Primary outcomes measures

Dual X-ray absorptiometry (DXA)

Body composition will be assessed using a Prodigy-GE densitometer (GE Lunar Prodigy Advance, GE Healthcare Madison, WI, USA). Appendicular skeletal muscle mass (ASM) will be calculated with the results obtained. BMD at the lumbar spine (L1–L4), femoral neck, total femur, and one-third distal radius will be expressed in absolute values (g/cm2) and as standard deviations (SD) from the expected BMD for the age-matched population. A Z-score ≤ − 2.0 SD is considered a low bone mass for age, whereas a Z-score above 2.0 is within the expected range for the period, according to the 2019 Official Positions of the International Society for Clinical Densitometry. All DXA measurements will be performed by the same experienced technologist [31].

One repetition maximum (1RM) test

The dynamic strength maximal assessed by the 1RM test will be used to determine the loads applied during the RT program. After the general warm-up of 5 min, the volunteers will perform a specific warm-up set of 8 repetitions at approximately 50% of the estimated 1RM, followed by another set of 3 repetitions at 70% of the estimated 1RM. The patients will be verbally encouraged to perform 3 to 5 attempts for each exercise with a rest interval of 5 min between them. An interval of 10 min will be allowed before the start of the test for the next exercise. The 1RM will be determined as the higher load achieved.

Handgrip strength test and sarcopenia cutoff points

Isometric maximal handgrip strength will be measured by hand dynamometer TSD121C Hand Dynamometer (Biopac Systems, Inc., CA, USA) with the patients seated in a chair, with elbows flexed and the forearm in supinated position (dominant arm). The patients will perform three attempts of 5 s interspersed with 2-min intervals, and the highest value will be recorded as a result.

Sarcopenia will be detected by cutoff points of low muscle strength and low muscle mass, assessed by the handgrip test and ASM measurement, respectively, defining it as probable or confirmed sarcopenia, according to current consensus [19]. Sarcopenia cutoff points for low muscle strength from Dodds et al. [32] and low muscle mass from Baumgartner et al. [33] will be applied, considering the ratio between ASM by DXA and height squared (ASM index) of 5.45 and 7.26 kg/m2 and a handgrip strength of 16 and 27 kg for women and men, respectively.

Biochemical parameters

Methodology for hemogram, glycemia, lipid profile, and blood total protein evaluations

Hemogram will be performed by automatically counting blood cells from whole blood samples. Plasma glucose levels will be determined by the colorimetric glucose oxidase method. Blood will also be collected to assess the serum insulin levels and lipid profile. Serum insulinemia will be evaluated by an electrochemiluminescent immunoassay (Elecsys Insulin Assay, Roche Diagnostics GmbH, Mannheim, Germany) through an automatic analyzer (Cobas e411; Roche Diagnostics, Munich, Germany), as previously described [34]. The serum levels of triglycerides (TG), total cholesterol (TC), high-density lipoprotein cholesterol (HDL-c), and total proteins will be assessed by colorimetric methods glycerol-phosphate oxidase/peroxidase, cholesterol oxidase/peroxidase, direct detergent, and biuret, respectively. All analyses will be performed using commercially available kits suitable for an A25 automatic analyzer (BioSystems, Barcelona, Spain). Low-density lipoprotein cholesterol (LDL-c) will be calculated using the Friedwald equation [35].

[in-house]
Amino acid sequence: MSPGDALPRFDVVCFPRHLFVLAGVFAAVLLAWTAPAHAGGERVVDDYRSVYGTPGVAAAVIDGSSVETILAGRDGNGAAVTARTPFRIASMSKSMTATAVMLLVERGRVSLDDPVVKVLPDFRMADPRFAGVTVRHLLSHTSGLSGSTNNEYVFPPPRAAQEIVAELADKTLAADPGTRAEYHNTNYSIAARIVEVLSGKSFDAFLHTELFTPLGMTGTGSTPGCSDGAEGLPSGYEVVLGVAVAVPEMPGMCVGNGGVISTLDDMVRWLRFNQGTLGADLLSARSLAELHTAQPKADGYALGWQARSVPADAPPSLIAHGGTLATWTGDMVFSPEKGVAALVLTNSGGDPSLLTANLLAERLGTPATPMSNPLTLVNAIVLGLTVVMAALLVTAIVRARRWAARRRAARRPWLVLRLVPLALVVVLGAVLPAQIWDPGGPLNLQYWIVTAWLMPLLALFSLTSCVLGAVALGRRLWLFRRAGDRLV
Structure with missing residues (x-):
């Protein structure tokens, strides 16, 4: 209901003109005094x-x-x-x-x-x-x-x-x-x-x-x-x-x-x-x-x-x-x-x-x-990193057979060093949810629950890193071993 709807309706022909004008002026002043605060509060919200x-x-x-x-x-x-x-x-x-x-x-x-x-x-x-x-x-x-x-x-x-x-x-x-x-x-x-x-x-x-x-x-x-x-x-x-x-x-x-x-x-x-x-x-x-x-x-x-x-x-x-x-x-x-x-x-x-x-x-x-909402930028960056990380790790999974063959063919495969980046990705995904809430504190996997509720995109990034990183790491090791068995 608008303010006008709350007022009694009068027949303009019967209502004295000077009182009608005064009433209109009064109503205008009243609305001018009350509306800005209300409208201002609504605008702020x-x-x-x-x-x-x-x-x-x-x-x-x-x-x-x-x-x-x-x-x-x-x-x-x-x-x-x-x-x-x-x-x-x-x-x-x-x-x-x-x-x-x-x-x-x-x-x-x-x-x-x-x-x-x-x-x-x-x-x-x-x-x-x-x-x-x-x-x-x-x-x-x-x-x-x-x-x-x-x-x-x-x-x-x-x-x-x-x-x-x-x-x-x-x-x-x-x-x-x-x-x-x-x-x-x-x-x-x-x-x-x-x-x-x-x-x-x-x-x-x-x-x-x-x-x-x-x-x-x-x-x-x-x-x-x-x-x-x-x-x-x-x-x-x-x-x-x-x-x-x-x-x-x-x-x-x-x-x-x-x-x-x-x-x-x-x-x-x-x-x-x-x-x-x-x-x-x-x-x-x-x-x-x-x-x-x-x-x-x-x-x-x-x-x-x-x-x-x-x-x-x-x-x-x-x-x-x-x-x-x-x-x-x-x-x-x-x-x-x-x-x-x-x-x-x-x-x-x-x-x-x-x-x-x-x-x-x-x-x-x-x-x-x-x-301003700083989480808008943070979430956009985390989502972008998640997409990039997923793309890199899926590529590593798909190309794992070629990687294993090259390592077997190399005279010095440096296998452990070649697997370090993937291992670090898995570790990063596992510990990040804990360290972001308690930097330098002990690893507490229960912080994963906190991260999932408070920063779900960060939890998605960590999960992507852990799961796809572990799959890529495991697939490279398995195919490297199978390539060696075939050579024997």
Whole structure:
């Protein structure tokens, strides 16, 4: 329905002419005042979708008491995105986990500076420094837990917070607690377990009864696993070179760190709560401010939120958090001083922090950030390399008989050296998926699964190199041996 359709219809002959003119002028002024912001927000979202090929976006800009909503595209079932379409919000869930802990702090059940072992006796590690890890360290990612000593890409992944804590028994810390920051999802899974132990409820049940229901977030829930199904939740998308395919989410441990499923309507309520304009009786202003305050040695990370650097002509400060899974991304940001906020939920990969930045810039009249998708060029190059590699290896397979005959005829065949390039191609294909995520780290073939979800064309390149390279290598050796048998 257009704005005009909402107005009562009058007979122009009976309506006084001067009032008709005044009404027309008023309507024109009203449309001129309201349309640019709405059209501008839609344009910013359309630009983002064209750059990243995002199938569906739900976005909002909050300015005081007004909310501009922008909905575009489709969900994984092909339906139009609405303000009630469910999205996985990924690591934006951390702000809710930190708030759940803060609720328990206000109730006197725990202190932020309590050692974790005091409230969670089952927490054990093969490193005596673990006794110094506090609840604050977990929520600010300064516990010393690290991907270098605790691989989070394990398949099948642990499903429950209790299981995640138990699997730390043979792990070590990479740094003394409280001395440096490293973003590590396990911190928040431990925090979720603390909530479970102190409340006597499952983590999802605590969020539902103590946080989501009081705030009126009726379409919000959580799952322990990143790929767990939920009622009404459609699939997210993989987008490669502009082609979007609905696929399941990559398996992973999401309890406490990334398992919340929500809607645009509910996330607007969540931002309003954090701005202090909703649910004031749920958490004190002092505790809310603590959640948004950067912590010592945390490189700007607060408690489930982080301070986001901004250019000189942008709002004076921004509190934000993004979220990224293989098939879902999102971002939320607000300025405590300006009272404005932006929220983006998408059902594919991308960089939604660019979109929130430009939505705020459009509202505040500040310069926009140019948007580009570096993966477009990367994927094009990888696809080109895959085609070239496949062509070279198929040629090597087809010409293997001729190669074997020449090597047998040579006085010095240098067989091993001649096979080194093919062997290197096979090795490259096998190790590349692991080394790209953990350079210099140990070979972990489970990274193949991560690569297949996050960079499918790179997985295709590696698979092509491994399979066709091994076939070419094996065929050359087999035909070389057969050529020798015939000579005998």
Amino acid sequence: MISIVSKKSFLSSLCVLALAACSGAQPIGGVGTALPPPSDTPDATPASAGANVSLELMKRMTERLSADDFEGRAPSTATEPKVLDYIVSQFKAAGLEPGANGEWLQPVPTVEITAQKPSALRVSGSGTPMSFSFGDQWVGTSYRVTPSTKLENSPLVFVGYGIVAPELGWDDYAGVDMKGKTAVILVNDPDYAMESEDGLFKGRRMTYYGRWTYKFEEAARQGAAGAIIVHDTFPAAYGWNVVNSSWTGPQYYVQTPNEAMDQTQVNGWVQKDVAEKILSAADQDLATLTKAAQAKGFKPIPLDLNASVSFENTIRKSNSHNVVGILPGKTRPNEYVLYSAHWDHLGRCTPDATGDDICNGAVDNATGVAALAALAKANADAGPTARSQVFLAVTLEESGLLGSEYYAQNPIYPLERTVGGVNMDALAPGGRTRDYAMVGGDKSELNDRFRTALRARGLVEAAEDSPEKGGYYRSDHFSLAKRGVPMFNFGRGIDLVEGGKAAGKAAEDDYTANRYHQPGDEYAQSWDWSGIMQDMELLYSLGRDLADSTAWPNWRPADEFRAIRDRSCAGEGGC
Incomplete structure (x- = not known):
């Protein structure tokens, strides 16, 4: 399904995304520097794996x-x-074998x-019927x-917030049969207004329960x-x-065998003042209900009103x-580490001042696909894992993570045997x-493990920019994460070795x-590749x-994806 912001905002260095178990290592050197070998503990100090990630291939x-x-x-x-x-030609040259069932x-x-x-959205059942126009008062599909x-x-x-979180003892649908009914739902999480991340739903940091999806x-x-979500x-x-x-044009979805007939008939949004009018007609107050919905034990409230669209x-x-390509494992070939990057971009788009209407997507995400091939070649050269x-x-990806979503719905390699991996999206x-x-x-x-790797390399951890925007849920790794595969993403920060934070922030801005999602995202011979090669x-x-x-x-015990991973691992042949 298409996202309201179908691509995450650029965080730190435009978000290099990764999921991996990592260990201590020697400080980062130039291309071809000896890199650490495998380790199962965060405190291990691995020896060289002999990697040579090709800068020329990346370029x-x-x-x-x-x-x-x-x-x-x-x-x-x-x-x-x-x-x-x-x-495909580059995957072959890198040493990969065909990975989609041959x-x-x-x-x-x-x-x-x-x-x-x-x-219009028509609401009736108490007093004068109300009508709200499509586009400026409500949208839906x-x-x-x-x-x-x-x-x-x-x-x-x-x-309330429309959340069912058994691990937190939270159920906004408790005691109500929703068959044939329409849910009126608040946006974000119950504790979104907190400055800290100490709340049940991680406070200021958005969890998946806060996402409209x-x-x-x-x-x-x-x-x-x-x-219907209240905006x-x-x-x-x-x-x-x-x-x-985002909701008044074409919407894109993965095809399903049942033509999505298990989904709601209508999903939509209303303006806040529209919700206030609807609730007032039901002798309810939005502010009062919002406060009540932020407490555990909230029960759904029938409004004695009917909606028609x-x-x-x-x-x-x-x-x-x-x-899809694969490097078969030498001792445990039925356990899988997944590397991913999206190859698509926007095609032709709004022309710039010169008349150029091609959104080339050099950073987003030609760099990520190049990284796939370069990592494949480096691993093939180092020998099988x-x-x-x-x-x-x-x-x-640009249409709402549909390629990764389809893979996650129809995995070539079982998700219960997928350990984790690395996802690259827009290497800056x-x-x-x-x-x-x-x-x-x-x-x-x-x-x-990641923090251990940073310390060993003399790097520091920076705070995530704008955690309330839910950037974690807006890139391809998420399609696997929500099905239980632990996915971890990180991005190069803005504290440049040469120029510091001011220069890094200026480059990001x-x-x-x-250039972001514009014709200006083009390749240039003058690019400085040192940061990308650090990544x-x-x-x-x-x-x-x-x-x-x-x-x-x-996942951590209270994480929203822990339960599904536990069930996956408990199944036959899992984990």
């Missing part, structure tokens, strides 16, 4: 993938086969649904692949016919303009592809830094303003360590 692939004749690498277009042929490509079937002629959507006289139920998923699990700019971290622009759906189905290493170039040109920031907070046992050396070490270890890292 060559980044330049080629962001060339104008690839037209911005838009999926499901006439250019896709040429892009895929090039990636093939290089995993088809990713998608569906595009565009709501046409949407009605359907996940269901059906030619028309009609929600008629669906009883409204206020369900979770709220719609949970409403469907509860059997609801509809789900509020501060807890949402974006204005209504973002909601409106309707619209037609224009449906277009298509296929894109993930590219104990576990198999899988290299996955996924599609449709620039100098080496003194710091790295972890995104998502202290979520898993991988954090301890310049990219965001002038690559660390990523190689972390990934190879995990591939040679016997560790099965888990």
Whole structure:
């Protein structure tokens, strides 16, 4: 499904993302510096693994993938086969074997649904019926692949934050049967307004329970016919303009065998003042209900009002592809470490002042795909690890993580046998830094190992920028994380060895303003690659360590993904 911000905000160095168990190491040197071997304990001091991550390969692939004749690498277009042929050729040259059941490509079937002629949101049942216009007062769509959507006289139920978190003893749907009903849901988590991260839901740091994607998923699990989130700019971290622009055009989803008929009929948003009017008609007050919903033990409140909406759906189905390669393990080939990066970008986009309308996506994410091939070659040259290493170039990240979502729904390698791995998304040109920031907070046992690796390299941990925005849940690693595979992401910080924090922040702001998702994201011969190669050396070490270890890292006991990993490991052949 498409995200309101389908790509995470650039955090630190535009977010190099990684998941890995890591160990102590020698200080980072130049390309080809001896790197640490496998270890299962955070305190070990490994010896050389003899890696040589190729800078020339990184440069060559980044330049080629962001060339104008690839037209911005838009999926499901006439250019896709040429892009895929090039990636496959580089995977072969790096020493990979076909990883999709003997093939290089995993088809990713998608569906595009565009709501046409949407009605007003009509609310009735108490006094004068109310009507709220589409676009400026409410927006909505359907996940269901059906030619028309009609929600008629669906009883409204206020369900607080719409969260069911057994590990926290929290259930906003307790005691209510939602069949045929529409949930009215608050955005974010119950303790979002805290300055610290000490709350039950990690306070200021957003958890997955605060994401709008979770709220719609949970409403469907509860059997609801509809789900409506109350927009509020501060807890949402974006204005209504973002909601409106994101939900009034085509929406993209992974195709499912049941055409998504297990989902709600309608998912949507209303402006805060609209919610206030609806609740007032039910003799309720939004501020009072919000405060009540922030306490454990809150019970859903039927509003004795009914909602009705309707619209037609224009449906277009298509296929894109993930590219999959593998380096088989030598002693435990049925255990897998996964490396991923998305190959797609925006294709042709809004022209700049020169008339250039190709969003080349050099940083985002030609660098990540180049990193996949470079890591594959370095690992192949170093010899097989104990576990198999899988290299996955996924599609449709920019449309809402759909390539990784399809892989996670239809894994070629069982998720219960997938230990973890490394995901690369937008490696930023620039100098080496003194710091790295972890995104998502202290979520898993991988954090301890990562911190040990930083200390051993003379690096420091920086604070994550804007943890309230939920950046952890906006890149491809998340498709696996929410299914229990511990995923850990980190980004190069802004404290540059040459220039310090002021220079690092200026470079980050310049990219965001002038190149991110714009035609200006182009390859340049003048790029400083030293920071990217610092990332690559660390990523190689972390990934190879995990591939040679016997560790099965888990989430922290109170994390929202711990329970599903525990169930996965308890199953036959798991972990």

Methodology for determinations of calcium, phosphorus, and total alkaline phosphatase blood concentrations

Analysis of serum levels of calcium, phosphorus, and total proteins will be performed by colorimetric methods purple phthalein, phosphorus molybdate, and Modified Roy [36], respectively. All analyzes will be performed using commercially available kits from Latest (Lagoa Santa, Minas Gerais, Brazil) using an automatic analyzer.

Methodology for determination of blood levels or activity of bone metabolism biomarkers using enzyme immunoassays (ELISA)

In this study, we will determine the following: blood levels of amino-terminal propeptide of type 1 procollagen (P1NP), osteocalcin, and blood activity of bone alkaline phosphatase (BAP), which are related to bone formation. In addition, we will also assess the blood levels of the soluble ligand of nuclear factor kappa B receptor activator (sRANKL) and degradation products of C type I collagen telopeptide (CTX-1), both related to bone resorption. We will also measure parathyroid hormone (PTH) and vitamin D blood levels [37,38,39].

Blood levels of sRANKL will be determined by sRANKL HS ELISA technique (Biomedica Medizinprodukte GmbH, Vienna, Austria) [40]. In this assay, the soluble RANKL present in the samples binds to the recombinant human osteoprotegerin that coats the microplate wells. Then, the sRANKL already bound to osteoprotegerin is recognized by a goat polyclonal anti-sRANKL biotinylated detection antibody. Horseradish peroxidase (HRP)-conjugated streptavidin is added to wells and binds to the sRANKL biotinylated detection antibody. The solution containing the substrate of the enzyme peroxidase (hydrogen peroxide) and chromogen (tetramethylbenzidine (TMB)) is added to the microplate. At this stage, the peroxidase present in the sample wells reacts with hydrogen peroxide, and the reaction product oxidizes TMB, changing the color of the solution to blue. The intensity of the color is directly proportional to the concentration of the conjugated enzyme and, consequently, of the sRANKL.